Thursday 26 April 2018

Arlene Foster: What you need to know about the outgoing First Minister of Northern Ireland

First Minister Arlene Foster Photo: Niall Carson/PA Wire
First Minister Arlene Foster Photo: Niall Carson/PA Wire
Northern Ireland First Minister Arlene Foster. Photo: Tony Gavin
Northern Ireland’s First Minister Arlene Foster, right, with Deputy First Minister Martin McGuinness. Photo: Brian Lawless/PA
DUP First Minister Arlene Foster and her deputy, Sinn Féin’s Martin McGuinness. Photo: Brian Lawless/PA Wire
Deputy First Minster Martin McGuinness, centre, with Megan Fearon, left, and Gerry Adams, right, at Stormont. Photo: Liam McBurney/PA Wire
Arlene Foster (R) and Martin McGuinness, First and Deputy First Ministers of Northern Ireland, speak to journalists outside 10 Downing Street last month Photo: REUTERS/Dylan Martinez

David Young

A political inferno around a green boiler scheme is to remove Arlene Foster from her once seemingly unassailable job as Stormont First Minister.

Less than six weeks ago, the Democratic Unionist leader looked untouchable at the head of Northern Ireland's power-sharing administration.

She took over from retiring Peter Robinson early last year in a seamless transition, and defied the pundits to repeat the DUP's best ever election result in May's Assembly poll.

The 46-year-old former solicitor, who survived two horrific childhood experiences of IRA violence, carried vast moral authority among unionist voters to govern alongside Sinn Fein.

She and erstwhile foe Martin McGuinness pledged a new start for Stormont and in the months following the election a non-aggression pact in which they declined to criticise each other looked to have put the institutions on their most stable footing for years.

But an intense furore around her handling of a botched eco-energy scheme, that has left the executive facing a £490 million tab, has blown that asunder.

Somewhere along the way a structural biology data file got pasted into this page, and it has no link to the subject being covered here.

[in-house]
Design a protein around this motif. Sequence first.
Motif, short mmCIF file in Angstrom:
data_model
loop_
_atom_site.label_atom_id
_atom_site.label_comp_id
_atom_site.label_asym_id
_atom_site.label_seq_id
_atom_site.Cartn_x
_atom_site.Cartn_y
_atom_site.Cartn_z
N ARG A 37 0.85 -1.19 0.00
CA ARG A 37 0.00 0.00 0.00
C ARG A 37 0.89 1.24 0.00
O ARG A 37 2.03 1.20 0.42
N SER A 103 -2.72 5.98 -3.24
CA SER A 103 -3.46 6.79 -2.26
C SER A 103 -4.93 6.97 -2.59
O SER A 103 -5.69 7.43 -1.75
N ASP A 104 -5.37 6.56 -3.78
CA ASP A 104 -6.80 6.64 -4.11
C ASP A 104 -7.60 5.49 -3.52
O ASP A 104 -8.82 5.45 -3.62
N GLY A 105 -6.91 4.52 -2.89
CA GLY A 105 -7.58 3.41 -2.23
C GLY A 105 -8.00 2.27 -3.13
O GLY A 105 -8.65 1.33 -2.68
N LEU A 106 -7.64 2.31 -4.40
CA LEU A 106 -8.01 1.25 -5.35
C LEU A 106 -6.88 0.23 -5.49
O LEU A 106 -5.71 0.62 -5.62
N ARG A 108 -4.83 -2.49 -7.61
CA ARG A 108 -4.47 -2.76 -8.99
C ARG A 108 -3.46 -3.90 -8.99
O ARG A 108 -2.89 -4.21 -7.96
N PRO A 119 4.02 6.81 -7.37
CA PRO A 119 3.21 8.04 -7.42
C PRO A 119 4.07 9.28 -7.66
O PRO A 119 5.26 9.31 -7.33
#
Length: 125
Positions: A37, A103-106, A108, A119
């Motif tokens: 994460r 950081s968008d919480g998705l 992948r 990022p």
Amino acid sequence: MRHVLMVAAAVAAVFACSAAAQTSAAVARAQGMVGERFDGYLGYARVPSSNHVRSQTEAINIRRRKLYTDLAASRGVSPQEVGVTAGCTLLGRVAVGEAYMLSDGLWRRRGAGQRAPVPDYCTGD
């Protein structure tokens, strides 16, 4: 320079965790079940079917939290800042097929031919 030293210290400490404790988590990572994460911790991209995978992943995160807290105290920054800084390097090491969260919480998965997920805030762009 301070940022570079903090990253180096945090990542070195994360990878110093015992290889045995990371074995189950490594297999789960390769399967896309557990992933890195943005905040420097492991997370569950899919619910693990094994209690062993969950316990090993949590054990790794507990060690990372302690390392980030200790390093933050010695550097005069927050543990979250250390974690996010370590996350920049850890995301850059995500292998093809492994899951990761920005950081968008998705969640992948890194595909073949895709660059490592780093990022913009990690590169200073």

She may well return to her job on the other side of an election - but it is an election that she was not anticipating for another four years.

Mrs Foster grew up near the Irish border during the darkest days of the Troubles.

Born Arlene Kelly in 1970 near the village of Rosslea in rural Co Fermanagh, the early part of her childhood was described as idyllic.

Read more: Martin McGuinness: From IRA Commander to Deputy First Minister of Northern Ireland

But, by the age of eight she gained first hand experience of the bloody sectarian conflict which blighted Northern Ireland for decades when the IRA tried to murder her father, a farmer and reserve police officer.

She has spoken of the trauma of seeing him come crawling into their isolated farmhouse on all fours with blood streaming down his face after being shot in the head.

He survived the attack but the family were forced to flee their home and the young Mrs Foster had to change school.

As a teenager in 1988, Mrs Foster survived another republican attack when the IRA targeted the part-time Ulster Defence Regiment soldier who was driving her school bus. The Collegiate Grammar School student escaped relatively unscathed but a friend sitting close by suffered serious injuries.

A solicitor by profession, Mrs Foster still lives in Fermanagh with her husband and three children - a daughter and two sons.

Her political career began while studying law at Queen's University in Belfast where she joined the Unionist Association - part of the Ulster Unionist Party (UUP).

Although she worked in private practice for more than a decade after graduating, she remained politically active, chairing the UUP's youth wing and becoming an honorary member of the party's ruling council.

Her political teeth were cut as a councillor on Fermanagh District Council where she represented the Enniskillen ward for five years.

Read more: Arlene Foster's leadership rating plummets to 29pc in wake of 'cash for ash' debacle

But just weeks after being elected to the Assembly in 2003 she, alongside Jeffrey Donaldson, now a DUP MP, decided to quit the UUP.

The pair had been part of a tight-knit group dubbed the "baby barristers" who opposed the Good Friday Agreement, the release of paramilitary prisoners and the direction in which their leader, David Trimble, was taking the party, sharing power with Sinn Fein.

After defecting to the DUP in January 2004, her rise through the ranks was rapid with high profile roles including the environment and enterprise, trade and investment portfolios.

As DETI minister from 2008 to 2015, she toured the world promoting Northern Ireland and was instrumental in bringing major events, including the MTV European Awards, the Irish Open golf tournament and the Giro d'Italia cycling race, to the region.

Her journey to the top was based on a reputation as a safe ministerial pair of hands.

It is as perception that has been rocked in the fires of the RHI scandal.

Press Association

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